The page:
dents, were sitting outside of a room in Centennial Hall. Robert Sadler, 21, of Valdosta, was arrested and charged with giving a false name to an officer and misdemeanor obstruction of an officer. Two criminal trespass warnings were issued. A window was shot out with a BB gun at a local’s house, possibly happened from the sign vandalizing incident. Window was replaced by local’s father.

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the ad is placed. Ads must be accompanied by the name and phone number of the person submitting the ad. Ads must be resubmitted each week, as necessary. The Spectator address is: 1500 N. Patterson St.,Valdosta, GA 31698. Our email address is spec@valdosta.edu. The Spectator reserves the right to reject any classified ad. All ads are subject to standard editing procedures. The Spectator is not responsible for mistakes due to a submitted error. The categories for classi-

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OpiniOns

ocToBer 16, 2013

vSuSpecTaTor.com | page 3

Our point of view...

Campus markets aren’t cheap i

t is obvious that items such as produce, canned goods and other dinners and snacks in Sustella and Langdale markets are overpriced. no matter how much we complain about this, prices show no promise of dropping in the future. However, there is a way to save your money. One might assume that the markets raise their prices to increase their own profit. However, there is a lot more that factors into the price of an item than just item cost and store profit.

“it’s not like i’m paying $2 for an item and marking it up 1,000 percent,” pete Harkness, resident district manager of V-State dining, said. “it doesn’t work that way. One of the problems is we have other costs involved in running the business. We have an added cost that we have to pay the university that has to be figured into the equation.” Harkness explained that aside from giving the university their commission, the markets also have to pay their employees and supply

them with benefits. another reason prices are higher than grocery store prices is because the markets cannot buy in the same magnitude as other stores. there are some items in the on-campus markets that cost about the same price in grocery stores. frito Lay and Coke products have a presale price that the markets abide by. “We’re locked into corporate pricing,” Harkness said. “Meaning frito Lay has a cooperate pricing that they do with everyone, so we’re

able to pass that same pricing to the consumer; same with coke.” Other items, however, are marked up around 65 percent, which is not affordable to most college students, even with Blazer Bucks and flex accounts. if you live on campus, you are required to have some sort of meal plan. for example, Centennial Hall adds $475 of Blazer Bucks to the original costs of living there. One might expect that much money to last throughout the semester; however, if you are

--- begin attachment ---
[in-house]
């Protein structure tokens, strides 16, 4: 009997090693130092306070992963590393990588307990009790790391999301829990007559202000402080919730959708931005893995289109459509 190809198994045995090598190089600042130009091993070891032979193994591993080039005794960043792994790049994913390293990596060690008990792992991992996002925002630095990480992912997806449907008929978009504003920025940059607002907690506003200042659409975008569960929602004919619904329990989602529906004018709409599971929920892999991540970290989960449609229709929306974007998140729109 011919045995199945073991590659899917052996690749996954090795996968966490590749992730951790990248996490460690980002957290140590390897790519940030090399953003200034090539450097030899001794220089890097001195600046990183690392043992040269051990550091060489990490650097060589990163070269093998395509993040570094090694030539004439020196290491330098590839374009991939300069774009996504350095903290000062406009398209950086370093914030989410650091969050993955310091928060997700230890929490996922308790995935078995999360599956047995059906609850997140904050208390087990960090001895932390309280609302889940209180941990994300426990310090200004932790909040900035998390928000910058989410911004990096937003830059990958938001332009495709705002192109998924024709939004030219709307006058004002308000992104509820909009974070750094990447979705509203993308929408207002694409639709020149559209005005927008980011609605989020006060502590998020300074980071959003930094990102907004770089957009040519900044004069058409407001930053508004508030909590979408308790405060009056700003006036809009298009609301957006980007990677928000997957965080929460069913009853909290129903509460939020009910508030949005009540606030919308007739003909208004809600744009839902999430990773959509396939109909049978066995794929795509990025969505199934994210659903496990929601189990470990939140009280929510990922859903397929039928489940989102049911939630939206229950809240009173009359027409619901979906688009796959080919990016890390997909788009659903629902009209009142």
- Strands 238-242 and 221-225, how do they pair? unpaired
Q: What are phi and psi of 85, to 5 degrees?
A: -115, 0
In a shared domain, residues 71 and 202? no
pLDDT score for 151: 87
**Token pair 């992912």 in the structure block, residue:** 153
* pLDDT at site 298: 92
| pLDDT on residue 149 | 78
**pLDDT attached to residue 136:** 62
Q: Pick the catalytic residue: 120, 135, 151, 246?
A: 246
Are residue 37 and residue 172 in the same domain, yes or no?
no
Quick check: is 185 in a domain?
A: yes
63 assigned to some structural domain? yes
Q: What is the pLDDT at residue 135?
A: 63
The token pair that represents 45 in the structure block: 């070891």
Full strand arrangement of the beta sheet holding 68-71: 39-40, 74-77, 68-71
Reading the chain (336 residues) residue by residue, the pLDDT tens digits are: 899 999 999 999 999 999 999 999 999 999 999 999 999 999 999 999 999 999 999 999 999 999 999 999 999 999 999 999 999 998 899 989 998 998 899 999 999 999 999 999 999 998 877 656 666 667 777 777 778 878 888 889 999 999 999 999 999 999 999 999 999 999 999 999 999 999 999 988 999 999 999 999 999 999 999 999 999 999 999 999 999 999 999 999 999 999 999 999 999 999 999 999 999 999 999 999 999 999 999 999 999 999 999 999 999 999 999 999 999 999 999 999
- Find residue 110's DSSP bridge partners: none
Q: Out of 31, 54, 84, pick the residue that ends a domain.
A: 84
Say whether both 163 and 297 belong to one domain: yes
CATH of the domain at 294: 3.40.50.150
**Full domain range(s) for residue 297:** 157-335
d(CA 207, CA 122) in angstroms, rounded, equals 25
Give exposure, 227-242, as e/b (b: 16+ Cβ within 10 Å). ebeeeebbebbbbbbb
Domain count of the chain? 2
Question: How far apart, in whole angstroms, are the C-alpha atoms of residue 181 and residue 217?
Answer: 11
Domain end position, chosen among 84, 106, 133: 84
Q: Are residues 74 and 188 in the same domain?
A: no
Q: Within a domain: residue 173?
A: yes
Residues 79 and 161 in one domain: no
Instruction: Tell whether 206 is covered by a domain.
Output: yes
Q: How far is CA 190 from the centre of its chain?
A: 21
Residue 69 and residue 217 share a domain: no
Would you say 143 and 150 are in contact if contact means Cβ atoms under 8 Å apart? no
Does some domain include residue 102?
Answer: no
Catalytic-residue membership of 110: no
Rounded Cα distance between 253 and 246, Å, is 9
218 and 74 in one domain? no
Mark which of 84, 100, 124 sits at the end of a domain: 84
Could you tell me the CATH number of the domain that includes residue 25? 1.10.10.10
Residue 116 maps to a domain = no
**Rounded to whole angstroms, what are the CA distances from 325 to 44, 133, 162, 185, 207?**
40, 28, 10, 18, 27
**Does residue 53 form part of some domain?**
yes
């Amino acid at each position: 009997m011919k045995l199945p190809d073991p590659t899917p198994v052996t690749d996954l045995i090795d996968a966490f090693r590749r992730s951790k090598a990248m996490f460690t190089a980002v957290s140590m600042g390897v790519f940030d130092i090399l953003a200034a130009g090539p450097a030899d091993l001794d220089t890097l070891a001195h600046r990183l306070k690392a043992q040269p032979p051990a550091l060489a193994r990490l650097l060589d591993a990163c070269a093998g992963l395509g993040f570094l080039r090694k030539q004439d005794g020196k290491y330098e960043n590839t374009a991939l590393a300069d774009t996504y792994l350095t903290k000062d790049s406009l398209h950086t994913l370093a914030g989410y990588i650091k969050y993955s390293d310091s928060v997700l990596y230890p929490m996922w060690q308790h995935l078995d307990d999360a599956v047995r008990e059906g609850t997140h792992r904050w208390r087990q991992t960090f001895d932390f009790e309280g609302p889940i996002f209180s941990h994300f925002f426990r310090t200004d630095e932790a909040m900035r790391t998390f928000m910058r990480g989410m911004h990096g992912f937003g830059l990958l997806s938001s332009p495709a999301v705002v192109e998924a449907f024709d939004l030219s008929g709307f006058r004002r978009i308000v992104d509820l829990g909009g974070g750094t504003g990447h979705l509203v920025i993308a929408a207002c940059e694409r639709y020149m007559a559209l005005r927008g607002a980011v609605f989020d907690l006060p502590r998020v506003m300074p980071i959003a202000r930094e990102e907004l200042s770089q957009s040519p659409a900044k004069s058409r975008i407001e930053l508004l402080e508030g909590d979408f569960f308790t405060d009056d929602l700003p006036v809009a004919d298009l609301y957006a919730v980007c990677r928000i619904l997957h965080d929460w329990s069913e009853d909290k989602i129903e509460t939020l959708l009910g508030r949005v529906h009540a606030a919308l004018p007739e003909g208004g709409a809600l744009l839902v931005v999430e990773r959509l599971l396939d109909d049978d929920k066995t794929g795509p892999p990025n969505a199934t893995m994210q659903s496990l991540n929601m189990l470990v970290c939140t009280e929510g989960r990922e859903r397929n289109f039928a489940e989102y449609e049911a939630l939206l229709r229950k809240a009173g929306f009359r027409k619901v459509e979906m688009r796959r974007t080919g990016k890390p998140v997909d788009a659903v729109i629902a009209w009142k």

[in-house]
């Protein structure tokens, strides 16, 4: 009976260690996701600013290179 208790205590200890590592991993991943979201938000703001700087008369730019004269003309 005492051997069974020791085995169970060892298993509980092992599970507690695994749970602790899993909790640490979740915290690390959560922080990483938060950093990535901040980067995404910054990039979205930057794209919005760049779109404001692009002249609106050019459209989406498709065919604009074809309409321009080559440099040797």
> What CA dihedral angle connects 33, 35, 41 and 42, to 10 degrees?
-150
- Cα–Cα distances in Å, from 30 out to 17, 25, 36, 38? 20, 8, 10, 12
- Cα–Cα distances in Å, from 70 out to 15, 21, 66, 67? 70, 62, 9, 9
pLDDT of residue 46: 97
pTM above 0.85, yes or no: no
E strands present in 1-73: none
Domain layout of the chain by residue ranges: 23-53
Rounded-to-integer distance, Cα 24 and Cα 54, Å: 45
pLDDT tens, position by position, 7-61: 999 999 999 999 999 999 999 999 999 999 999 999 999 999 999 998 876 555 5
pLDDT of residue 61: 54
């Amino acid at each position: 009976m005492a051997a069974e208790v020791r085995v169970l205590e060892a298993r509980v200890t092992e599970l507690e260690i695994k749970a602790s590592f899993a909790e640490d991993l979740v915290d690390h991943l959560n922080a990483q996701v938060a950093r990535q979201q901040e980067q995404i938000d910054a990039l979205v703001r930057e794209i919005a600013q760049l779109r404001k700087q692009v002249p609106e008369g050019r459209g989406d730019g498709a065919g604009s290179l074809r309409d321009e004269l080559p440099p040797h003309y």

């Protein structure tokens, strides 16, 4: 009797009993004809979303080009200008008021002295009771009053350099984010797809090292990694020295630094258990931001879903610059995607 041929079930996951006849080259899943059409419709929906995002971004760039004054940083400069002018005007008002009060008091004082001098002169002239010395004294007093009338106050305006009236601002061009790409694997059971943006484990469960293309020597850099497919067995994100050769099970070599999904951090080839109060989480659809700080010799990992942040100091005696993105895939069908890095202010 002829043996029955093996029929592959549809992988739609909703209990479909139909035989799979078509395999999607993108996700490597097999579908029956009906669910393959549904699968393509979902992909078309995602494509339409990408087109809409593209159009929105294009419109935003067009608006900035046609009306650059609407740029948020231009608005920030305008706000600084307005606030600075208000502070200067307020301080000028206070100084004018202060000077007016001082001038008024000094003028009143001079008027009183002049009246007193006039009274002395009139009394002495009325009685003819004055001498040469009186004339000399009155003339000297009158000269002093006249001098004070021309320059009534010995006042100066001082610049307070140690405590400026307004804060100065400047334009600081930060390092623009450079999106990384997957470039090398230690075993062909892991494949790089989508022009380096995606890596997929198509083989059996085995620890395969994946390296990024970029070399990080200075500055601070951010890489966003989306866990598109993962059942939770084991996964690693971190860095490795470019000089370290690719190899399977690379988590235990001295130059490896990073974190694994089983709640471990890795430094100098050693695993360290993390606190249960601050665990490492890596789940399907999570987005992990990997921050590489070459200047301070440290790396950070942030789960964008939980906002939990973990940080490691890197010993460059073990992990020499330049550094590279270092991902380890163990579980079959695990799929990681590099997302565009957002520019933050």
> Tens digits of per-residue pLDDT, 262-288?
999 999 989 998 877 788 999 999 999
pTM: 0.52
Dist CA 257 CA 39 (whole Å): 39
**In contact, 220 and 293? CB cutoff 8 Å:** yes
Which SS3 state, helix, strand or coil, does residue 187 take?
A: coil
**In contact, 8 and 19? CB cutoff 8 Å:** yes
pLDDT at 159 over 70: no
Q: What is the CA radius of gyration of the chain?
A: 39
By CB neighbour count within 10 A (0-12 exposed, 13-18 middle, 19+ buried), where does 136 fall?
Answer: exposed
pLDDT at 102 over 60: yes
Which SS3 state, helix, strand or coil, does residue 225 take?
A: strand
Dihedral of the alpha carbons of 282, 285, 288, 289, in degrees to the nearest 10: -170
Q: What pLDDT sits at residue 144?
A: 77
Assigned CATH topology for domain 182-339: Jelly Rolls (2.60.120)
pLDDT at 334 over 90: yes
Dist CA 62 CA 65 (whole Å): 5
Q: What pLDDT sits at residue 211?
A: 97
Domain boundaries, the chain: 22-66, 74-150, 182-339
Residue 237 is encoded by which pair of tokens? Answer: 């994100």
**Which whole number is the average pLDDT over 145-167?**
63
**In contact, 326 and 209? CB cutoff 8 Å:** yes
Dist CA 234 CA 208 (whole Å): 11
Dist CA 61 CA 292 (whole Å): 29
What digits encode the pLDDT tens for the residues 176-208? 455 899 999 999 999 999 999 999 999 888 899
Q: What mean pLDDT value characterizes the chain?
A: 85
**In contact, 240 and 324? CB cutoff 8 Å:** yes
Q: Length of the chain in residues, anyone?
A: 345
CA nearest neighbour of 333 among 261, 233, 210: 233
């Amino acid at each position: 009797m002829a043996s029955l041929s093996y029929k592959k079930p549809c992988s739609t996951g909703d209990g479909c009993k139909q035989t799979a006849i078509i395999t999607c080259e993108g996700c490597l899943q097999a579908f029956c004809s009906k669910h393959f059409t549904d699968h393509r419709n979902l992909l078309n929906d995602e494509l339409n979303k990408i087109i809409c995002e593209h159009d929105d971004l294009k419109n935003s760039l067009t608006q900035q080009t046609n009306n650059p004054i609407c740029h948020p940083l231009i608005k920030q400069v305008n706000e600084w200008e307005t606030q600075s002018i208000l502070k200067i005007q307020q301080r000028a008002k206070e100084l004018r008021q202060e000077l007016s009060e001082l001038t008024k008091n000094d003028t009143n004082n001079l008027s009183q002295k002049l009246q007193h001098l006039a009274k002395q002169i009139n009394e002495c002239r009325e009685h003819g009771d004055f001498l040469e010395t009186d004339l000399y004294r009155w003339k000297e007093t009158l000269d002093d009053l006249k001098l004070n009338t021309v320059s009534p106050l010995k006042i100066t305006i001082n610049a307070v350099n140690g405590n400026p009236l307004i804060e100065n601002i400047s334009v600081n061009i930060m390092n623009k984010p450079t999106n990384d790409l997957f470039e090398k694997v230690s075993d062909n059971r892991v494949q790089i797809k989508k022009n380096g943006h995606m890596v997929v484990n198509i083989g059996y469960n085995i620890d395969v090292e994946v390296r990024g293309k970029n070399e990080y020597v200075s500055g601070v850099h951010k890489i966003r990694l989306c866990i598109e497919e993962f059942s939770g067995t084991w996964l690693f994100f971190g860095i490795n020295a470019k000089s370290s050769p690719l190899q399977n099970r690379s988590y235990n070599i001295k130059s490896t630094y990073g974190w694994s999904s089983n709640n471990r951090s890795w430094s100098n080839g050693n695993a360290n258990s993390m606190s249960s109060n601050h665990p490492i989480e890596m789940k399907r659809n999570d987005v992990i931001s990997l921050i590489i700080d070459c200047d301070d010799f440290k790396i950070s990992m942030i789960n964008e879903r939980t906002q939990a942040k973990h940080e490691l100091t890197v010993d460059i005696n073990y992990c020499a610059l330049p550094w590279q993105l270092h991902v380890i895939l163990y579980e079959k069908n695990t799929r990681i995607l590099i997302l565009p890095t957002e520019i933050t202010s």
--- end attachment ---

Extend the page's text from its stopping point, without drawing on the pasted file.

doing your weekly shopping at the markets, then you will see that your bucks are gone in a month or so. Our advice is to only use your VSU accounts for items such as frito Lay and Coke products. for everything else, hop on the special VSU bus that goes to Walmart and the mall to get your bread, produce, milk, etc. By using your cash and accounts simultaneously for specific items, you will save money in the long run. not only will you save money by doing the above,

but it may also send a message to VSU. as if going to school here isn’t expensive enough, we shouldn’t have to over pay for on-campus grocery items. therefore, VSU should consider not asking for a share from the markets’ profits. We can’t blame the markets for their heavy prices. However, we can shop smarter. express your opinions by sending the staff a tweet at @vsuspectator.

This editorial was written by Sarah Turner (seturner@valdosta.edu) and it expresses the general opinion of the editorial staff.

Offer drinks at games Neil Frawley S p O rt S W r i t e r ndfrawley@valdosta.edu

it's fall, and it's Saturday. You wake up, turn on SportsCenter, open up the fridge and crack open what will be the first of countless beers. You sit down on the couch, and you lean over to the person next to you and you say to them, "Happy game day!" and you clink your beer of choice. Beer, tailgating and football is one of the most american combinations there is in our nation. Before the game, beer pours like a golden, sudsy waterfall. However, once the games begin, there's not a drop to be found. Well, not for most universities at least. Some universities do allow sales of alcohol at their stadiums, but the nCaa doesn't allow sales at on-campus stadiums. this prohibits places such as the VSU pe Complex and Billy Grant Stadium from selling alcohol. the rule technically doesn't apply to Bazemore-Hyder Stadium because it's not an on-campus stadium, however, it is owned by the Valdosta